George Bernard Shaw (1856-1950)

George Bernard Shaw has introduced a new form of drama, the publicistic drama. His plays are suited for reading as much as for acting. An important aim of his many plays was to face his audiences with completely new points of view and ways of looking at themselves and the society they lived in. His ideas are expressed in short wise, witty sayings. He enjoyed the shock when his ideas were expressed with much wit He turned to drama as the medium of expression, as the means to criticize and educate society. Shaw delighted in saying and showing the opposite of what his audiences expected.

When writing on the social problems of the 20th century, he often uses striking paradoxes and aphorisms. These are some of them:

Time enough to think of the future when you haven’t any future to think of.

The love of money is the root of all evil.

George Bernard Shaw was born in Ireland, but spent most of his long life in England. All his references to his childhood, the extreme coldness and inhuman isolation of that home are apparent in his memoirs: “We as children, had to find our way in a household – where there was neither hate nor love, fear nor reverence, but always personality… The fact that nobody cared for me particularly gave me a frightful self-sufficiency.” Shaw tells how as a child he went for a walk one day with his father who playfully pretended to throw him into the canal — and nearly did. Returning home he ran to his mother to share his suspicion that “Papa is drunk”. Her bitter reply “When is he anything else?” was a violent destruction of His Universe. He says: “I have never since believed in anything and anybody.”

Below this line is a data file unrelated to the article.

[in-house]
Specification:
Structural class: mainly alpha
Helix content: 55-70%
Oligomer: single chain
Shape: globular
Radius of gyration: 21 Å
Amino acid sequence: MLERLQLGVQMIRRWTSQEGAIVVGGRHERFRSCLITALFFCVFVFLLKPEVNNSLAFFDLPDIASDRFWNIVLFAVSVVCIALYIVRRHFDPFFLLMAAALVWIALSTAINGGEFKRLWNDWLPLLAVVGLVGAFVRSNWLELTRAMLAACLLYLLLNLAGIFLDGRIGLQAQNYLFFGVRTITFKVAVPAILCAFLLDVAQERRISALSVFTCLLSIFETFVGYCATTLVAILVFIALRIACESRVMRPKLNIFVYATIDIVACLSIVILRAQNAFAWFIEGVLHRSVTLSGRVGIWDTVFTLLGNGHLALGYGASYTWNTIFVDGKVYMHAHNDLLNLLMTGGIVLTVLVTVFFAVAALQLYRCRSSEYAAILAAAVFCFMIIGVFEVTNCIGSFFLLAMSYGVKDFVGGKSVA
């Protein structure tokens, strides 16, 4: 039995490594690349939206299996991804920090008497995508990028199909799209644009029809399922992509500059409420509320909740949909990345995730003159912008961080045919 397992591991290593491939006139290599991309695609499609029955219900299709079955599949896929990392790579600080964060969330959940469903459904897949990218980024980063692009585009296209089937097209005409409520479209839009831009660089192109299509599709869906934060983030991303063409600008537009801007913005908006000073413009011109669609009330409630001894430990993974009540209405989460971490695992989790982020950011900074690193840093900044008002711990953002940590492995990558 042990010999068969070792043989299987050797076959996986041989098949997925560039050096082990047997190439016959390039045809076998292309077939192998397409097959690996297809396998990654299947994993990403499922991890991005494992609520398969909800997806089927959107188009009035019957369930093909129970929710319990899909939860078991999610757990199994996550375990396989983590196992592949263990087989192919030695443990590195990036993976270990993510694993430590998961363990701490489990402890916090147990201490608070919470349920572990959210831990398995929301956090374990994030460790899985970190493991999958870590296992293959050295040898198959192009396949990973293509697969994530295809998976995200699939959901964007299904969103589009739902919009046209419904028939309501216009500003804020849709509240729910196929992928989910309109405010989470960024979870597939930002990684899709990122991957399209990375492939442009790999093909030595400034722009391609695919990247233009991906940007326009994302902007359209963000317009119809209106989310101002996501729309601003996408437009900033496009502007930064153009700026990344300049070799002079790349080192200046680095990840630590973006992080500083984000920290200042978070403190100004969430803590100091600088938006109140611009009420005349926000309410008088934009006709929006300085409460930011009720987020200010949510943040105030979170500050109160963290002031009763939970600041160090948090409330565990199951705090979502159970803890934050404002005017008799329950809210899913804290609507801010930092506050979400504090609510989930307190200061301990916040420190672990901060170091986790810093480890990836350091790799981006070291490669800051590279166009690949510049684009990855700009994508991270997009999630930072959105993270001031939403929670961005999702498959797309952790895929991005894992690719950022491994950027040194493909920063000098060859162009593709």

After four ineffective schools which did not even teach Latin, Shaw at fifteen became a clerk in a land agent’s office by the father’s more successful brothers. His mother and sister left for London soon after his 15th birthday, Shaw remained in Dublin for another five years. The five years of his office life were memorable to him chiefly for the many hours spent with the excellent picture collection in the Dublin National Gallery, to which Shaw eventually left a large part of his fortune.

George Bernard Shaw joined his mother in London, and in the four years from 1879 to 1883 he wrote five long novels and sent them to as many publishers as he could find stamps to reach. He writes: “My mother was not interested in my manuscripts. I don’t think she ever read a single of them. She accepted me as a good-for nothing, just what she would expect from a son of her husband.” His few immature novels had little success, and his own experience had taught him that he had no promising future in the novel.

During this period of time Bernard Shaw supported the forces of democracy. In 1885 he was elected to the executive board of the Fabians, who considered themselves Marxists and accepted a very unrealistic materialism. They proclaimed an immediate revolution under Fabian leadership, and they set the probable day of the revolution “no later than 1889” — the anniversary of Bastille Day. The Fabians participated with other socialists in the struggle for freedom of speech at street meetings which had begun in 1885 and let up to the “Bloody Sunday” in the Trafalgar Square in November, 1887, during which several men were killed. Shaw supported the straggle against fascism, imperialism and wars. He criticized the vices of the capitalist society.

In 1892 he turned to drama. He used the stage to expose injustice of British imperialism.

His plays are divided into three cycles:

1. Unpleasant Plays (1892-1894)

2. Pleasant Plays (1894-1897)

3. Three Plays for Puritans (1897-1899)